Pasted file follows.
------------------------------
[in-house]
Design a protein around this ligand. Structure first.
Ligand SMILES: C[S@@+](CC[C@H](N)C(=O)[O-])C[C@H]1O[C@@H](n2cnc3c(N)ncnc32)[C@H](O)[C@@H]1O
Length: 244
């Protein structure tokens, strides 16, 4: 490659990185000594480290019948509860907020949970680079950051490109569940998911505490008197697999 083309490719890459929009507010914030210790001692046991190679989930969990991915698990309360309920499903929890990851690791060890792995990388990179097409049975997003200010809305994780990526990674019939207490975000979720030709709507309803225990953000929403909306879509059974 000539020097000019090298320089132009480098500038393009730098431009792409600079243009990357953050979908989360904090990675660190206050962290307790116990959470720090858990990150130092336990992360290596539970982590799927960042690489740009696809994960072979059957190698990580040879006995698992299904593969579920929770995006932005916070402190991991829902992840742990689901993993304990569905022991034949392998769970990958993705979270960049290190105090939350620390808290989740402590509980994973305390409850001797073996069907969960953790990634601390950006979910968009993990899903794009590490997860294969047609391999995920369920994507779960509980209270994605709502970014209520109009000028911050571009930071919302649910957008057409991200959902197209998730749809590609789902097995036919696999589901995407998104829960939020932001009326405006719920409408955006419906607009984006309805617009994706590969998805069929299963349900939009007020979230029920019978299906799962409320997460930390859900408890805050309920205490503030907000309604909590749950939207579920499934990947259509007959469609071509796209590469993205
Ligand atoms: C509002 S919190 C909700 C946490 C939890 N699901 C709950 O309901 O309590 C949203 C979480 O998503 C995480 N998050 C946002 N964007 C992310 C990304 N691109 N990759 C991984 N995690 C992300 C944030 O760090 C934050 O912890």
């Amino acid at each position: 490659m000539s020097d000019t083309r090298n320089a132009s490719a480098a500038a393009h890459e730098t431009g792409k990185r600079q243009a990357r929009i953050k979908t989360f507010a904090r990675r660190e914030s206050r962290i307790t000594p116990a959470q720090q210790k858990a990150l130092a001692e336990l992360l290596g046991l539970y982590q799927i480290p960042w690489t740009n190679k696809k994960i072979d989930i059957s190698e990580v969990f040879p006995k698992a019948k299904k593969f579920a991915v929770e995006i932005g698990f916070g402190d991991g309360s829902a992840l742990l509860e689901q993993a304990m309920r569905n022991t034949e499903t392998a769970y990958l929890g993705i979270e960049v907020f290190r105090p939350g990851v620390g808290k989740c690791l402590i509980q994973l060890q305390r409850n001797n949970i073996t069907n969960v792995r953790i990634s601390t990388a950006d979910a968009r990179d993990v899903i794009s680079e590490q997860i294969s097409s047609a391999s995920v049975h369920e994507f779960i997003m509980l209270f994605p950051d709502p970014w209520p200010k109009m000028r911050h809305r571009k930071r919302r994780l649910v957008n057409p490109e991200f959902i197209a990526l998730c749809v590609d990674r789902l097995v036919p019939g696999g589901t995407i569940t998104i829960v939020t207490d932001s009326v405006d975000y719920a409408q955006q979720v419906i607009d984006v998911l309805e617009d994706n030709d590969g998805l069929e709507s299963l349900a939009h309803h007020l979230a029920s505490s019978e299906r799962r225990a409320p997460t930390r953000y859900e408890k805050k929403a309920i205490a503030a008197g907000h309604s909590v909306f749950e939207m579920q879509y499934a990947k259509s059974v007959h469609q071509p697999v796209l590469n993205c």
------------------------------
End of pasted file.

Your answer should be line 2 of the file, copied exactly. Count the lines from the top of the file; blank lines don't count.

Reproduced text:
Design a protein around this ligand. Structure first.